Dimension |

These are the 18 dimensions selected for the enquiry listed in the order in which they appear in the QNR

'In your interactions with students with dyslexia, to what extent do you encounter each of these dimensions?'

1. students' spelling is generally poor

2. students say that they find it challenging to manage their time effectively

3. students say that they can explain things more easily verbally than in their writing

4. students show evidence of being very disorganized most of the time

5. in their writing, students say that they often use the wrong word for their intended meaning

6. students seldom remember appointments and/or rarely arrive for them on time

7. students say that when reading, they sometimes re-read the same line or miss out a line altogether

8. students show evidence of having difficulty putting their writing ideas into a sensible order

9. students show evidence of a preference for mindmaps or diagrams rather than making lists or bullet points when planning their work

10. students show evidence of poor short-term (and/or working) memory - for example: remembering telephone numbers

11. students say that they find following directions to get to places challenging or confusing

12. when scoping out projects or planning their work, students express preference for looking at the 'big picture' rather than focusing on details

13. students show evidence of creative or innovative problem-solving capabilities

14. students report difficulties making sense of lists of instructions

15. students report regularly getting their 'lefts' and 'rights' mixed up

16. students report their tutors telling them that their essays or assignments are confusing to read

17. students show evidence of difficulties in being systematic when searching for information or learning resources

18. students are very unwilling or show anxiety when asked to read 'out loud'

Correlation coefficients between dimensions:

The matrix of correlation coefficients shown below presents Pearson Product-Moment * r* values between all dimensions and illustrates the effect size of interrelationships.

The correlation coefficient displayed in each table cell is also hyperlinked to the respective scatter diagram showing the relationship between the two dimensions graphically. This is useful because it presents the actual data points used in the calculation for the correlation coefficients but the scatter diagram also easily shows whether the datasets contained significant outliers. In all cases, the scatter diagrams were created from the complete datasets without outliers being removed if they occured. In some cases significant outliers did arise and where this occured the outliers were removed to explore the impact that this had on the correlation coeffiecients. Where this was judged to be worth reporting, the adjusted correlation coefficient is included in the lower quadrant of the table with the outlier(s)-removed value asterisked * and the original-data value in parentheses( ). It can be seen that in several cases, removing the outliers has produced a re-calculated correlation coefficient that is substantially different.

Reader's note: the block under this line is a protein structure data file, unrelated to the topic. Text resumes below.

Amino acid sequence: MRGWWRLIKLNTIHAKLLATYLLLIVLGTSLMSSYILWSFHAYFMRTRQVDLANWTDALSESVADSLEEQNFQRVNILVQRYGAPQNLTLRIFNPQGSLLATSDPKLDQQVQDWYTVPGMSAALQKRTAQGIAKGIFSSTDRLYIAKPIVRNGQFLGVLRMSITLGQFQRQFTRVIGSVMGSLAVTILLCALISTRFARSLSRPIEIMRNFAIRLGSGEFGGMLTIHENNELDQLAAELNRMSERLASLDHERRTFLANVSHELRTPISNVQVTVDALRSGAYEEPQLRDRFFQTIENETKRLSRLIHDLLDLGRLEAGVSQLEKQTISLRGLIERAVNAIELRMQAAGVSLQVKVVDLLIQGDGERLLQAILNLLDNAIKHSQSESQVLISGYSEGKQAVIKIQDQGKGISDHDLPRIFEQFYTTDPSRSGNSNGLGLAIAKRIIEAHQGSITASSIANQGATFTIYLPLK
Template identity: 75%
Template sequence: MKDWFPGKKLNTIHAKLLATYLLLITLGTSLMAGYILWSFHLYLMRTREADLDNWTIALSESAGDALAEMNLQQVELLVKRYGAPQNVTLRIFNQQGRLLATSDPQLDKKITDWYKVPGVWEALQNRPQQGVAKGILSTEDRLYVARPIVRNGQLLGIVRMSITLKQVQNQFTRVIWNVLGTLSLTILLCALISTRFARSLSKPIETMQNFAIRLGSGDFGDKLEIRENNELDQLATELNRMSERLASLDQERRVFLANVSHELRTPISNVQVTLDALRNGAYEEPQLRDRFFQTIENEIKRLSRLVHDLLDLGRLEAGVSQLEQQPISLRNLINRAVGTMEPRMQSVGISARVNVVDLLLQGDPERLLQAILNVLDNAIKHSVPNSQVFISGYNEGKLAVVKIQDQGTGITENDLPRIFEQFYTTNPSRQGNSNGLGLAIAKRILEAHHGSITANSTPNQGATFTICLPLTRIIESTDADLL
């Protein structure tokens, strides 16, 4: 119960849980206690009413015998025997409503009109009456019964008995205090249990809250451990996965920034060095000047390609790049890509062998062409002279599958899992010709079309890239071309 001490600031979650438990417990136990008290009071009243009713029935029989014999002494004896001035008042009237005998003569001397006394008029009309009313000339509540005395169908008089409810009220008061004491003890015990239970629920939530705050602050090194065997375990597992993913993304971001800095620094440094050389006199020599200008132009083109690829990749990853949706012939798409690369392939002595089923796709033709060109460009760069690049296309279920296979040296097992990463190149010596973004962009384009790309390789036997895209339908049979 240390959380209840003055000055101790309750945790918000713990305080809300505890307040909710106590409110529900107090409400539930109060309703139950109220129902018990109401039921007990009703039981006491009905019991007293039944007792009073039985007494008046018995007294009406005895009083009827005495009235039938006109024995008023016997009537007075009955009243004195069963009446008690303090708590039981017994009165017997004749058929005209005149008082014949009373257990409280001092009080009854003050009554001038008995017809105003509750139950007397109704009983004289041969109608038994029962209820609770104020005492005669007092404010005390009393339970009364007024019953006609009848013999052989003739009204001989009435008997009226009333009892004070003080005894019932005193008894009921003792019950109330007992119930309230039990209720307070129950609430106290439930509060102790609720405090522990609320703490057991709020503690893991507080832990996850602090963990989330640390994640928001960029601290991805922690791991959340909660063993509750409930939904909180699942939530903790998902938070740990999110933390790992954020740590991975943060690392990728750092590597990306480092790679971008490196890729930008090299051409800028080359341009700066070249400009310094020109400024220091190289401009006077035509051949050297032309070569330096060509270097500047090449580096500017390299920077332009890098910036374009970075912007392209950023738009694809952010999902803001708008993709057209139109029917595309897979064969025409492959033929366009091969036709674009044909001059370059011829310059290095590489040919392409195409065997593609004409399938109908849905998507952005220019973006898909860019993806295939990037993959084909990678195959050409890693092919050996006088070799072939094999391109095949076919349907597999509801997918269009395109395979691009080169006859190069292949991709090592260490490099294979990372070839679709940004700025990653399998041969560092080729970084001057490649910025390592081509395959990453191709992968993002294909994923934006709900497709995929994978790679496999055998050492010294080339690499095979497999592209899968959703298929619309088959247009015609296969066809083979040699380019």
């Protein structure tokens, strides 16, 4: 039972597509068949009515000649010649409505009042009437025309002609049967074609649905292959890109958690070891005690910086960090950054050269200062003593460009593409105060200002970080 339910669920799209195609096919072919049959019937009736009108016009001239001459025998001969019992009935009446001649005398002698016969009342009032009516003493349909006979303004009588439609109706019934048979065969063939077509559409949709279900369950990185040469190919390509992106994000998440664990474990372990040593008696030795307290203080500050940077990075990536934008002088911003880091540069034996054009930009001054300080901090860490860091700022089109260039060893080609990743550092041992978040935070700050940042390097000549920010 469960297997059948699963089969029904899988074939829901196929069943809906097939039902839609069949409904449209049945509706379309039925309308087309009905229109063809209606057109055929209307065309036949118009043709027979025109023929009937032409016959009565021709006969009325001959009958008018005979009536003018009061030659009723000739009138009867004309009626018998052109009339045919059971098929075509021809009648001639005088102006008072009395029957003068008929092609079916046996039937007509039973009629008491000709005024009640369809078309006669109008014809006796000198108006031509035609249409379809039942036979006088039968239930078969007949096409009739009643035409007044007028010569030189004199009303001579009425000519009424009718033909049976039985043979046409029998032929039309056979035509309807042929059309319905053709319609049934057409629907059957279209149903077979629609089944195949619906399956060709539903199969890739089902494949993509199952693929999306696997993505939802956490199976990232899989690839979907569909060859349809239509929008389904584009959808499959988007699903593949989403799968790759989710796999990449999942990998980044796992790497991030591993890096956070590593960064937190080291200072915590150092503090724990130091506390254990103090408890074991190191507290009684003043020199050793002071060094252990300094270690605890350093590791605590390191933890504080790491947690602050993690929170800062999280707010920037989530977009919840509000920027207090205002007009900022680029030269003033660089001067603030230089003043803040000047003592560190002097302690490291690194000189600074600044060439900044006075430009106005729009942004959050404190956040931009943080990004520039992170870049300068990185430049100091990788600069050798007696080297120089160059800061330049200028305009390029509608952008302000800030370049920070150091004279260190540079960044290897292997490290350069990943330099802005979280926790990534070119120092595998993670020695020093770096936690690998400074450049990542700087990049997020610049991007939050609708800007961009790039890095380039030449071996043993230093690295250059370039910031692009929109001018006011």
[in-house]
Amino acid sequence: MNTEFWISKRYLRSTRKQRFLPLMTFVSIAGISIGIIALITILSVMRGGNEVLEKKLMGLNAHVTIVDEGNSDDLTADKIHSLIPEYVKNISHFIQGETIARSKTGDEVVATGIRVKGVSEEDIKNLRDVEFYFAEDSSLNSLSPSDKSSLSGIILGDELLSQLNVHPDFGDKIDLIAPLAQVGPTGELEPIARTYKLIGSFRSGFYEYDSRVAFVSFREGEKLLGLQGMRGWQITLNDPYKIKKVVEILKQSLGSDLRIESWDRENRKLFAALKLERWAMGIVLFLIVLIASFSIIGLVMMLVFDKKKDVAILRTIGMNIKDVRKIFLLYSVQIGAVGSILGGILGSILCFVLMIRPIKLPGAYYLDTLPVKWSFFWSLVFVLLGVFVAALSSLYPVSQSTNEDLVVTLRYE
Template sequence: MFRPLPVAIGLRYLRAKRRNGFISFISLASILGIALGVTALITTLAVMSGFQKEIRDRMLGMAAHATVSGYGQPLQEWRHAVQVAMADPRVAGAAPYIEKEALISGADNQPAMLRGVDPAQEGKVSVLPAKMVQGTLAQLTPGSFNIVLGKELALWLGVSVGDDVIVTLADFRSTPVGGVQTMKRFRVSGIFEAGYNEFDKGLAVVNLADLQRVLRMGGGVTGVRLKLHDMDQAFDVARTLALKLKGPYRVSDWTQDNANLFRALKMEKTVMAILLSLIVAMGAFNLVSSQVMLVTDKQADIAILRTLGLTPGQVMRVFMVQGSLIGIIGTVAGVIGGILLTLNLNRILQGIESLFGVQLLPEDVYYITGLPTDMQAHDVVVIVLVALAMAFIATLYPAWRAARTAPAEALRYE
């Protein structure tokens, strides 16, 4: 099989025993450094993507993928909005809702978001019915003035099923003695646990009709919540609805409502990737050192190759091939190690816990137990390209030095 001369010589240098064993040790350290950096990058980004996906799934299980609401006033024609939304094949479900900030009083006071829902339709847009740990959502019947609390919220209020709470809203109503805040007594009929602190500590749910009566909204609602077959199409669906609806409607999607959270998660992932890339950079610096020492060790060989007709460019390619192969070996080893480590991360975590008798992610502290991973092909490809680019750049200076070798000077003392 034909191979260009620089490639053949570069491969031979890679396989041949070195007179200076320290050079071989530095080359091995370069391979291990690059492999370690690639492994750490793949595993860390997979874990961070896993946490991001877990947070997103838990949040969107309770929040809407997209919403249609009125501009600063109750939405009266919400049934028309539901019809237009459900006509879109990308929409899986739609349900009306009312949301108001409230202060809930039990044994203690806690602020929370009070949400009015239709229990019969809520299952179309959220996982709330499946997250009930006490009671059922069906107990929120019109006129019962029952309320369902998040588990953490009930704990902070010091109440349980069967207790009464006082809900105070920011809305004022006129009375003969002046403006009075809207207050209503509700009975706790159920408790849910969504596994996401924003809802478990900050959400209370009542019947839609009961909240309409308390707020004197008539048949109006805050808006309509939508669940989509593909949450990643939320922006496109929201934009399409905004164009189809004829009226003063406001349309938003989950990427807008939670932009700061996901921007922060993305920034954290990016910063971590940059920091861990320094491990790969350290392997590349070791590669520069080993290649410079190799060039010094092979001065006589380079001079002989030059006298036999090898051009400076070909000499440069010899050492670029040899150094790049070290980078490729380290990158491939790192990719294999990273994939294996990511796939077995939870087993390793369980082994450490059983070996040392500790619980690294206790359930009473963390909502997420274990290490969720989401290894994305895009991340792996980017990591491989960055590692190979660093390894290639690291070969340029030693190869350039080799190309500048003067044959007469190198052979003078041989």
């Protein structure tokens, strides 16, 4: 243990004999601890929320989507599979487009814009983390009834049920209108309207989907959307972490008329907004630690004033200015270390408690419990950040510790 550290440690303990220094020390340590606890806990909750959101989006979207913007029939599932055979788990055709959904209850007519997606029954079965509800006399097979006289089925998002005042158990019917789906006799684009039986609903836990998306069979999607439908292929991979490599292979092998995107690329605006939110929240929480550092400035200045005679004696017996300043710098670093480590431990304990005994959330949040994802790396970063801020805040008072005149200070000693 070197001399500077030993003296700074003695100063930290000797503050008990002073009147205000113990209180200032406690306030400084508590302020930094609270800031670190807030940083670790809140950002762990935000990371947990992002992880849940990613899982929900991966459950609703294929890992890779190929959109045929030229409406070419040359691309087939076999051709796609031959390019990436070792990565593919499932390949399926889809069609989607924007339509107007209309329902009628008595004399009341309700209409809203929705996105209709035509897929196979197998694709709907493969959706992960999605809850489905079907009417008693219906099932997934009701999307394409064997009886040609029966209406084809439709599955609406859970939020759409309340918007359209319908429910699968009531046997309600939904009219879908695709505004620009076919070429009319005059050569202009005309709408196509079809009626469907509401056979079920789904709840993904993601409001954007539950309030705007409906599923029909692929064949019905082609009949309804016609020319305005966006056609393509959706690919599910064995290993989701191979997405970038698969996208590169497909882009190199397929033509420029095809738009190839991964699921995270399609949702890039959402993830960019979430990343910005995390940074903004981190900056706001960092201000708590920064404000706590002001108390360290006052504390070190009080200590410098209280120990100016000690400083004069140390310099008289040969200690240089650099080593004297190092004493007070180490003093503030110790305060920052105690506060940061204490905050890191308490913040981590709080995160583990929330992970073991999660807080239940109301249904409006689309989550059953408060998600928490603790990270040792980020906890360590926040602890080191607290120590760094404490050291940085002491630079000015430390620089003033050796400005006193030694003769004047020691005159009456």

The colour coding of the cells in the table provides an 'at a glance' indication of the level of correlation between the respective pairs of dimensions. There appears to be no definitive criteria for setting correlation level boundaries for indications of strength although 'rule of thumb' guidelines suggest that **r** > 0.6 indicates a 'strong' positive correlation, values between 0.4-ish to 0.6 suggest moderate strength of association and values between 0.3 (or even 0.2 in some sources) and 0.4 indicating weak correlation between the variables. With this in mind, boundaries for the correlation coefficient, **r**, set for these datasets are more finely defined so that the data table below is easier to understand:

Discussion

Although at present, the coefficients have been calculated and scatter diagrams plotted to spot outliers and explore the impact that removing them has on * r*, a deeper investigation about what might be going on is another further development to be undertaken later. Some of the linkages revealed do appear fascinating, for example, there appears to be a moderate positive correlation